# Error analysis assistance

1. Oct 4, 2005

### imabug

Any error analysis gurus out there? I'm trying to work out the uncertainty for the following equation:
$$C = \sqrt{(A-B_A)(P-B_P)}$$

$$A$$ and $$P$$ are counts from a radioactive source from two opposing detectors. $$B_P$$ and $$B_A$$ are background counts with no source present.

It's a simple geometric mean equation. When I use the error analysis techniques I learned way back in my undergrad days (Intro to Error Analysis by J Taylor), the result I end up with is
$$\frac{\delta C}{C} = \frac{1}{2} \sqrt{\frac{A+B_A}{{(A-B_A)}^2}+\frac{P+B_P}{{(P-B_P)}^2}}$$

Pretty reasonable solution, but when I plug in the numbers, I get much smaller numbers for the fractional uncertainty than I think I should be getting. So either the equation is correct and my expectations are way off, or I've done something wrong in my derivation. Someone out there help me verify this equation or point out where I may have gone wrong?

Thanks

2. Oct 4, 2005

### reilly

Until you specify the mean, you cannot find an error, typically the standard deviation of the mean, which also is dependent upon the number of measurements. Generally speaking you need to use computer for such a complicated situation. But if the errors are very small, then you can work with a Taylor's series approach. Google would be a good place to start to get it right.

Regards,
Reilly Atkinson

3. Oct 4, 2005

### Dr Transport

Try calculating $$\frac{\delta C}{C}$$ again. I came up with something different.

4. Oct 5, 2005

### imabug

I'm thinking my error comes from not using the right value for my $$\delta{A}, \delta{P}, \delta{B_A}$$ and $$\delta{B_P}$$. Since these are counts from a radioactive source, my first thought is to use $$\delta{A} = \sqrt{A}$$. But I also have a bad history of doing steps in my head and not writing them down and getting into trouble there.

Back to the drawing board...

5. Oct 5, 2005

### Dr Transport

Take the derivative of $C$ with respect to each of the variables, square , sum and take the square root then divide by $C$ again and simplify. Each of the variables you have listed will have some error associated with their measurement. Take multiple measurements of each then assuming that the distribution of the measurements is Gaussian take the average and standard deviation, if you have the software available, calculate the skew and the kurtosis from the data, if the distribution is normal both will be found in a statistics book. The CRC Standard Math Tables has a chapter on probability and statistics which isn't too bad in helping to determine which test to use. My first indication is to start with students-t and work from there to find the tests of significance.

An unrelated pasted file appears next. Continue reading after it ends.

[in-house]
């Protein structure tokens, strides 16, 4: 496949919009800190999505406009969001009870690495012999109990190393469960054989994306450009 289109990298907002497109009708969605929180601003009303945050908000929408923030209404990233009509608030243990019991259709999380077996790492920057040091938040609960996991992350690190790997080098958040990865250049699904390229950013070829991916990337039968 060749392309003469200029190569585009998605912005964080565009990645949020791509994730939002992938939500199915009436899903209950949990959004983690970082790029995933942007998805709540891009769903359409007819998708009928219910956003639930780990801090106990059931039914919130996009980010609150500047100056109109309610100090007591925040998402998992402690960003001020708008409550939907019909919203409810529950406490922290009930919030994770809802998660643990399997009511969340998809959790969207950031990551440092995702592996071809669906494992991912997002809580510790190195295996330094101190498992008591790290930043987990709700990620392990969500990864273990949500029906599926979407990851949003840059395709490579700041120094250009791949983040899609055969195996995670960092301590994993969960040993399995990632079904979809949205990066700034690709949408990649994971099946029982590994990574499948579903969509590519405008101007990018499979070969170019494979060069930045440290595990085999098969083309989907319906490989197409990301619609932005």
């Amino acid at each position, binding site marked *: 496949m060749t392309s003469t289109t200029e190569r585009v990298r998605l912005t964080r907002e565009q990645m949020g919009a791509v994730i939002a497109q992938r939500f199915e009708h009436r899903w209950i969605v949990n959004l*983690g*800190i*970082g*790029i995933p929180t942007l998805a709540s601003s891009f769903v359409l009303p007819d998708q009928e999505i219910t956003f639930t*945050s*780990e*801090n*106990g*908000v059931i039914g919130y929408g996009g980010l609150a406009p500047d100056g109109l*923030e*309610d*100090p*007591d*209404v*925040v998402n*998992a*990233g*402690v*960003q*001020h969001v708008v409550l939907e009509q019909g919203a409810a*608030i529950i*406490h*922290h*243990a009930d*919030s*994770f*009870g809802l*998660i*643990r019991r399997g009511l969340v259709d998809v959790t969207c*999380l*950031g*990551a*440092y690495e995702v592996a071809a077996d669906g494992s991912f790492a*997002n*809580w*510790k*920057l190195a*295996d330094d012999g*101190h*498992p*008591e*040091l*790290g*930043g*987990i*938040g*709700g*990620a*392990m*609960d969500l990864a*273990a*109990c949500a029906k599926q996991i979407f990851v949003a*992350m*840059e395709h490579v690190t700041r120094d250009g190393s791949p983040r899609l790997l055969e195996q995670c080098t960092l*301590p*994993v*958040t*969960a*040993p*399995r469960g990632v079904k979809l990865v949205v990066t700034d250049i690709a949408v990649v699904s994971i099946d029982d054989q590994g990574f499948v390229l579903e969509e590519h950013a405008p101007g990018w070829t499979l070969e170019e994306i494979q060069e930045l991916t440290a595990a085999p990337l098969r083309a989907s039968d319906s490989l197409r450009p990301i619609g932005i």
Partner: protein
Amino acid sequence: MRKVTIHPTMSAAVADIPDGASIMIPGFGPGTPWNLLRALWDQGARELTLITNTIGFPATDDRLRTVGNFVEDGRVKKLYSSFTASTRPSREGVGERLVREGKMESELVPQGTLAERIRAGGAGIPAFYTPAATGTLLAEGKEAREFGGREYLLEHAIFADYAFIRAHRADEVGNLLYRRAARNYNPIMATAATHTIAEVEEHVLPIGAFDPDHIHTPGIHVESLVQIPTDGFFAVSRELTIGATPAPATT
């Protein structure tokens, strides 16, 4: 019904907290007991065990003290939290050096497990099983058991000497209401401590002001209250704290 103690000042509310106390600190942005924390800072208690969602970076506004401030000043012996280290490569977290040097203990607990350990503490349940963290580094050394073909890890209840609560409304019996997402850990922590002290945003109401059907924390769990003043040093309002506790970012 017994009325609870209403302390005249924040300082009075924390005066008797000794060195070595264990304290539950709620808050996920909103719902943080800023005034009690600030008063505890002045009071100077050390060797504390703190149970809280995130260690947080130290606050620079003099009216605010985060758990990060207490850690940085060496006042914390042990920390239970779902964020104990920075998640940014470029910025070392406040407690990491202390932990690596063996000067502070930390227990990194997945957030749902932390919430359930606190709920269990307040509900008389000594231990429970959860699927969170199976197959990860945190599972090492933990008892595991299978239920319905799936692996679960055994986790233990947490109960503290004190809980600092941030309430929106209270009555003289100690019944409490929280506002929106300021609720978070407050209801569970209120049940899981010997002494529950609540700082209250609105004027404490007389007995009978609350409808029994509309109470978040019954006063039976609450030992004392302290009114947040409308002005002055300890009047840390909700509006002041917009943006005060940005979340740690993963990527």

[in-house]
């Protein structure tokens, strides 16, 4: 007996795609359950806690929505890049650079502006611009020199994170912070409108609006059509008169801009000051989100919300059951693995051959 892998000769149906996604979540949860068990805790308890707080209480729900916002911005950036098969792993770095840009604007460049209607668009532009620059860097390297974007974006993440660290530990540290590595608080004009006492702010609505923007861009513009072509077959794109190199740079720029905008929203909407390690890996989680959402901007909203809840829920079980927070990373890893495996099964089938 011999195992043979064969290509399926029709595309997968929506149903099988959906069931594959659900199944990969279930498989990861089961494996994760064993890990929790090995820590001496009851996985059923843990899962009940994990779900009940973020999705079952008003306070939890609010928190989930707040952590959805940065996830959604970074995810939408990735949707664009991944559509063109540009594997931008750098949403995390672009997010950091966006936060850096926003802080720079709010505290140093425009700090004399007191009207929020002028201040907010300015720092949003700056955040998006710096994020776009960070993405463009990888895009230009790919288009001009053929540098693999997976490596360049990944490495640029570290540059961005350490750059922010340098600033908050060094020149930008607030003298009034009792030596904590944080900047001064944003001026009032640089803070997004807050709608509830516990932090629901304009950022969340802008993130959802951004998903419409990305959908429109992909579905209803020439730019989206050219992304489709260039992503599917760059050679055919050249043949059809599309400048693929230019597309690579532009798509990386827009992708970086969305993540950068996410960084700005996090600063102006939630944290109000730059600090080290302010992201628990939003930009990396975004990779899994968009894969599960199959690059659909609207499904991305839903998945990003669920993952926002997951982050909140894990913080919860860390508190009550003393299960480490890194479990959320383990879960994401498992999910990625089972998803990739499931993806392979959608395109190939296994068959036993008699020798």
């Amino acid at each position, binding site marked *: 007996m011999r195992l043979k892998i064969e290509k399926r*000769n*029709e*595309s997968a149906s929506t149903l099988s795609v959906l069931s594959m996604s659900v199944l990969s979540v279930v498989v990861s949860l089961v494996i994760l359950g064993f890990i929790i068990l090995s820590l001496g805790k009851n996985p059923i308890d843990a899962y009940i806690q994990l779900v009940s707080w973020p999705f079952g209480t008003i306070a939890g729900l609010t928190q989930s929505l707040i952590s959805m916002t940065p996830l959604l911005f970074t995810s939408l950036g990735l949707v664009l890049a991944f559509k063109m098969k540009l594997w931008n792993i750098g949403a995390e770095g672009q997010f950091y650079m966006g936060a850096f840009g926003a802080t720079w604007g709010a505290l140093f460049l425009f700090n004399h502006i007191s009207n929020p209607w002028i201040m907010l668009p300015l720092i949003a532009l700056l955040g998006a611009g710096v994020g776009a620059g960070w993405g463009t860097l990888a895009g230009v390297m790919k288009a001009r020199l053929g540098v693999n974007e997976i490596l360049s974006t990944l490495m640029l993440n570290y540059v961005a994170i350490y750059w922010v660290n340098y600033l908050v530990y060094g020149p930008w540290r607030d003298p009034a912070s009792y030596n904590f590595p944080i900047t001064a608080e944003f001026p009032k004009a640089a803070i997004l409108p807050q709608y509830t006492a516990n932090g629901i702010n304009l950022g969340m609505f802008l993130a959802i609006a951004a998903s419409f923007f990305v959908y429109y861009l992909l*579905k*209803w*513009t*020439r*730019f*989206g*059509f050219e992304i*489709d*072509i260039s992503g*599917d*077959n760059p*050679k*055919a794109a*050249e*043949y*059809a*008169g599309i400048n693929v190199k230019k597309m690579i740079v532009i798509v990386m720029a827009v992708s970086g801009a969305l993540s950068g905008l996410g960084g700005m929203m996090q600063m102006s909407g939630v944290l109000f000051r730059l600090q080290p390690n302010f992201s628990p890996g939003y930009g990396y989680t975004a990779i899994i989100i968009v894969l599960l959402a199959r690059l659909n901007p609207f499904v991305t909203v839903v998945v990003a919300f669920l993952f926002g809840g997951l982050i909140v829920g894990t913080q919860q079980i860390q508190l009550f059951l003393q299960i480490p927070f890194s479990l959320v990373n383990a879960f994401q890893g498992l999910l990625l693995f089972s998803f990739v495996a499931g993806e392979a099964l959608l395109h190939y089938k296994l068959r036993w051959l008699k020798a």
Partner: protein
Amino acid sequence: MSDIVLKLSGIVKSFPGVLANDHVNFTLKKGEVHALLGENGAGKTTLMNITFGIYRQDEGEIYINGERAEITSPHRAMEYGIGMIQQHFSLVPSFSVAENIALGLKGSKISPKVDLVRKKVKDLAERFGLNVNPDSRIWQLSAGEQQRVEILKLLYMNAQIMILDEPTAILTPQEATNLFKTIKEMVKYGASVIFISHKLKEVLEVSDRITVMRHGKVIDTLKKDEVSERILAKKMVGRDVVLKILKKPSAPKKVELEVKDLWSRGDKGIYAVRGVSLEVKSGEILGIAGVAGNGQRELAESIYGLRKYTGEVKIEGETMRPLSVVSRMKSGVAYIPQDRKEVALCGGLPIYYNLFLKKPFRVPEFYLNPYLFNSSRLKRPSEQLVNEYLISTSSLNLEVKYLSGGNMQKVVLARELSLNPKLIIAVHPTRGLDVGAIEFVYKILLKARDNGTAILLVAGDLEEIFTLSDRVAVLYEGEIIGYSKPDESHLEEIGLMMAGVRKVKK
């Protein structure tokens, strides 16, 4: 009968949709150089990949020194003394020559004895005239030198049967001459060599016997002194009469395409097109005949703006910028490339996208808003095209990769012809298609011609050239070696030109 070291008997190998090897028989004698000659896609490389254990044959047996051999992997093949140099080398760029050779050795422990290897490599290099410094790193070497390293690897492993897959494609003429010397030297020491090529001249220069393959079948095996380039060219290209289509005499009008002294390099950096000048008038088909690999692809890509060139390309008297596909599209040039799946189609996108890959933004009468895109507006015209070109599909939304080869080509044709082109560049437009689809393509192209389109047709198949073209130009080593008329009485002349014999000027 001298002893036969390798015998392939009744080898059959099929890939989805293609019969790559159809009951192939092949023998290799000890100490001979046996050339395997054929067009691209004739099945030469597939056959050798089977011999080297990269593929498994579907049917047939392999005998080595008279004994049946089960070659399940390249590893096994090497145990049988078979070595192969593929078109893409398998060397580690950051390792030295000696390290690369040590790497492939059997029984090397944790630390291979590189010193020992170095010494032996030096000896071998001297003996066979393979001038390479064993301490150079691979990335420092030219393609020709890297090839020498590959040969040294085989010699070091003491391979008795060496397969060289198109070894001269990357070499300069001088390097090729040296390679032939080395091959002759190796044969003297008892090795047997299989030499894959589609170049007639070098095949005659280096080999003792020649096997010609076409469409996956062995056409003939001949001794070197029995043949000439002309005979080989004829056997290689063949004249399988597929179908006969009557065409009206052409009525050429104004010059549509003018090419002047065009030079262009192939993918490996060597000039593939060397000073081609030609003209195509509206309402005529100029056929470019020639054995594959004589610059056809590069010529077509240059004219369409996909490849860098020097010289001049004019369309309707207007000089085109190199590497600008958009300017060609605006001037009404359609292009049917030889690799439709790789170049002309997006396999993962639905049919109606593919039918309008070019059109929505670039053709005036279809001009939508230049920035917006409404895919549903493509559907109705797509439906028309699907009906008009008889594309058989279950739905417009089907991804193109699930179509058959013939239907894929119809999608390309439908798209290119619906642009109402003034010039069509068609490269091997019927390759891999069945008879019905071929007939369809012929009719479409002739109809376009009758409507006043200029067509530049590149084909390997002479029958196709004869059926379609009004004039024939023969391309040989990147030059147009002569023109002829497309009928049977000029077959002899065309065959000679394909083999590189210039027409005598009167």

In taking the data, take many samples, the minimum I'd take is 25 for each of the measurements that way you'll get significance when you take the average, standard deviation of the mean, etc. it is always advisable to have a lot of data to get better statistics.

If you have not already thought of it, when you make the measurements, are the detectors fixed in position??? and how else will they be changed during the experiment. Writing down all of this will help you formulate the correct measurement equation and all its components. Learning this now will save you later in life, in many industrial applications NIST is requiring, or should I say the customers you make measurements for require NIST traceability, i.e. correlation to some standard material the has been measured by NIST or another national lab. Part of this traceability is doing a complete measurement analysis and statistical analysis on your measurement apparatus to be able to assign a measurement uncertainty.

6. Oct 6, 2005

### reilly

Your major problem is the non-linearity of C. As I'm sure you know, the mean of, say,
X/Y is not the ratio of the individual means -- the exception is when the variation of the individual variables is small relative to their mean. Even if X and Y, in the previous example, are normally distributed, their ratio is not normally distributed -- ratios are quite difficult when it comes to statistics and significance tests. Your C will almost certainly not be normally distibuted -- although with a big enough sample, probably 200 or more, the mean will approach normality (Law of Large numbers).